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UCPH sacks employees and ends year on DKK 220m profit

Budget 2018 — Management had originally anticipated a profit of approx DKK 139 million in 2018. But the year ends on about DKK 220 million. And yet, at least 50 employees have been dismissed. The university director says the decentralised UCPH finances make it difficult to hit the mark.

The University of Copenhagen (UCPH) has done it before: First, sacked the employees and then finished the year on a profit that is several million kroner larger than expected.

This is also going to happen in 2018, where management had originally budgeted a DKK 138.7 million surplus. Now, however, the year looks like being more than 220 million in the black.

At the same time, employees have been made redundant several places at the university in the course of 2018:

Layoffs in several departments

The Department of Plant and Environmental Sciences was forced to divest itself of 13 academic and 4 technical staff corresponding to about 10 per cent of permanent staff.

The Danish Forest and Landscape College under the Department of Geosciences and Natural Resource Management, has dismissed nine (3 academics and 6 technical/administrative staff) out of a total of 90 employees. Nine were also fired on a recent round in 2017.

The Natural History Museum of Denmark has said goodbye to 17 employees. Here, 19 were dismissed in 2016.

The Niels Bohr Institute fired seven in the summer of 2017. And the Faculty of Humanities has just announced that it has to save DKK 25 million on payroll. It is currently unclear how many positions are to be lost. The Faculty of Humanities got rid of 86 jobs in the spring of 2016.

Employees wondering

The prospect of UCPH being in profit while sacking employees was criticised by the three staff representative members on the Board of the University at the last meeting on 6th December.

The [job cuts] are a problem in relation to recruitment. People notice it, and it’s something that we talk about in the research environment

Eske Willerslev, Professor at the Natural History Museum of Denmark and UCPH Board member

Anja C. Andersen, professor at the Niels Bohr Institute, says that she sees it as a problem that she doesn’t know what to tell her colleagues.

“We just had a round of layoffs, so it is really difficult to get people to understand that they are firing people here, even though UCPH is turning a profit. I can’t explain it to them,” she said at the meeting.

Layoffs attract attention

Eske Willerslev, professor at the Natural History Museum of Denmark (SNM), said that the lack of job security for academic staff at UCPH has started to have consequences.

“In other places around the world, professors almost have to have been stealing money to be fired. But at the Natural History Museum of Denmark we have an annual round of layoffs,” he said, adding:

“This is a problem in terms of recruitment. People notice it, and it’s something that we talk about in the research environment.”

Misses target every year

It is not the first time that UCPH management has missed the mark. In 2017 it budgeted with a profit of DKK 101 million, but the year ended on DKK 250 million.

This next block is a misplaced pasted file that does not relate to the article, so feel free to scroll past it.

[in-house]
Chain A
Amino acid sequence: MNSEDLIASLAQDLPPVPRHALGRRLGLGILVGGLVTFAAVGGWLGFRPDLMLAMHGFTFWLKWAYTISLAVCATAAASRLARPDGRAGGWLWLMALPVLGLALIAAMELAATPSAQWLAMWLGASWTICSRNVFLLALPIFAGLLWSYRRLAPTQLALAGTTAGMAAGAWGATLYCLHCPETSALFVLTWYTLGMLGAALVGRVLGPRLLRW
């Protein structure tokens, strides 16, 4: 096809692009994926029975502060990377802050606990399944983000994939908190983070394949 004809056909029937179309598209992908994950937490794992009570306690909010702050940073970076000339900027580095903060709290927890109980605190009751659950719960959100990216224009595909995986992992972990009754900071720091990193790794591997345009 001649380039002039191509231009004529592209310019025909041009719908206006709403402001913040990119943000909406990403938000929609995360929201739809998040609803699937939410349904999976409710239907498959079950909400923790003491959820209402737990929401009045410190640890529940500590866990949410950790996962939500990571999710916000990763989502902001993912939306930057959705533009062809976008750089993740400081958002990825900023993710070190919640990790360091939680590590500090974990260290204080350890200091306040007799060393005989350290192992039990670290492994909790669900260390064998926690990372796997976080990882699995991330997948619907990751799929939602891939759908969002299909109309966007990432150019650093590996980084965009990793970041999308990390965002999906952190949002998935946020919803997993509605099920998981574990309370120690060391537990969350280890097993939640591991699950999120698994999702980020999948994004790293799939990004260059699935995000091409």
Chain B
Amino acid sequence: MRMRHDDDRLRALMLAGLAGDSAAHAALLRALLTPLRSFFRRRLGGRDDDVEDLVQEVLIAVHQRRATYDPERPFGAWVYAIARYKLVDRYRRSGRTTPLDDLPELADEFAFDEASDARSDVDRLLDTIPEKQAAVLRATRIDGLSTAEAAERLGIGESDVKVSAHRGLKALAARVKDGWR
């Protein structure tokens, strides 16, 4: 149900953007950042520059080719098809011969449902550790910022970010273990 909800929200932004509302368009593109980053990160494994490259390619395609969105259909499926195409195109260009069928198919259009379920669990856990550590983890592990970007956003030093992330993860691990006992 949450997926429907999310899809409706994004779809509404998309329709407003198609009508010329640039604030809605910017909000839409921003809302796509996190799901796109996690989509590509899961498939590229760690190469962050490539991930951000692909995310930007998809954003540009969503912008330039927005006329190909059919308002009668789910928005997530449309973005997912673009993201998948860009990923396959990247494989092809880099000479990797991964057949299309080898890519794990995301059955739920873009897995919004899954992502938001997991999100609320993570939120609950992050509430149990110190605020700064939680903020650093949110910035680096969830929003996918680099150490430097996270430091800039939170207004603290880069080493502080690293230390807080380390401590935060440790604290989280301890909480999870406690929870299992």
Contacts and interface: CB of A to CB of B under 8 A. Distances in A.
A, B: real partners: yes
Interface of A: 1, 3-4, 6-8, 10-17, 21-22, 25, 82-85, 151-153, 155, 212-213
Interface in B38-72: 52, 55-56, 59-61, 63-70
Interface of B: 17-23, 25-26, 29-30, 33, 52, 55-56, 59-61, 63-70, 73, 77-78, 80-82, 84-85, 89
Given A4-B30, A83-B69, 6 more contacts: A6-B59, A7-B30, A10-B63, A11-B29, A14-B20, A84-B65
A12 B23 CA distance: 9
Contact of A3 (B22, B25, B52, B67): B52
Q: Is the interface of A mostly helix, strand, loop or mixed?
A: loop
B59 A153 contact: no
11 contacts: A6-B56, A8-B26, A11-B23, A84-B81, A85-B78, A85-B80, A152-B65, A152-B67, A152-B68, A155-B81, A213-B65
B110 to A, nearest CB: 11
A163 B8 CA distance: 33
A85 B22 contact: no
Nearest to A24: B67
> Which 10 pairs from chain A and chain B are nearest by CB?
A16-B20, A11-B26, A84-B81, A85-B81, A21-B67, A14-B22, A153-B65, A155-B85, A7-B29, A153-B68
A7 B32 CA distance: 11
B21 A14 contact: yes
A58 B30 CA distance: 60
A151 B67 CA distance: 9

In 2016 it expected a DKK 132 million loss. Instead it ended on a DKK 80 million profit. But management still pushed through with DKK 200 million of cuts.

Signe Møller Johansen, a University Board Member elected by the technical-administrative staff, asked at the Board meeting on 6th December where all the money has gone?

“I want more transparency in the financial statement. The money must be disappearing somewhere when we at the same time have so many layoffs. It is the same situation every year, so it cannot come as a surprise. We need to get the money at work out in the departments,” she said.

Impressed with accuracy

Carsten Krogh Gomard, external member of the University Board and former director of Netcompany, is impressed with how well management has hit the mark however.

The total revenues of UCPH are expected to be slightly less than DKK 8.9 billion in 2018, so a profit of DKK 220 million represents only a small part of revenue.

The university’s researchers have been able to get DKK 100 million extra in external funding from the research councils, from the EU and foundations.

Salary costs to technical/administrative staff have also been DKK 26 million below budget.

Decentralised finances leads to problems

University director Jesper Olesen said at the Board meeting that the challenge is that the various revenues to UCPH can move up and down simultaneously.

Education programme revenue is falling, while external funding from the research council, the EU and from private foundations is increasing.

At the same time, UCPH has decentralized finances where it is up to the managers of the individual research groups to get research funding for their projects and pay their employees.

“I have previously called UCPH a collection of owner-managed businesses,” he said and continued:

“Research groups are dying out all the time when their ideas are exhausted. And at the same time new ones are born. We will therefore see appointments and lay-offs locally at the same time, even though UCPH in total is turning a profit and has increasing revenues,” said Jesper Olesen.

He understands that it can be difficult to see why dismissals are happening at the same time as the university is in profit. But it is difficult to solve the problem using the current decentralised budget model.

Management is therefore working on making a new budget model to provide more latitude for strategically reallocating resources internally at the university.

The UCPH equity will stand at around DKK 2.48 billion at the end of 2018.

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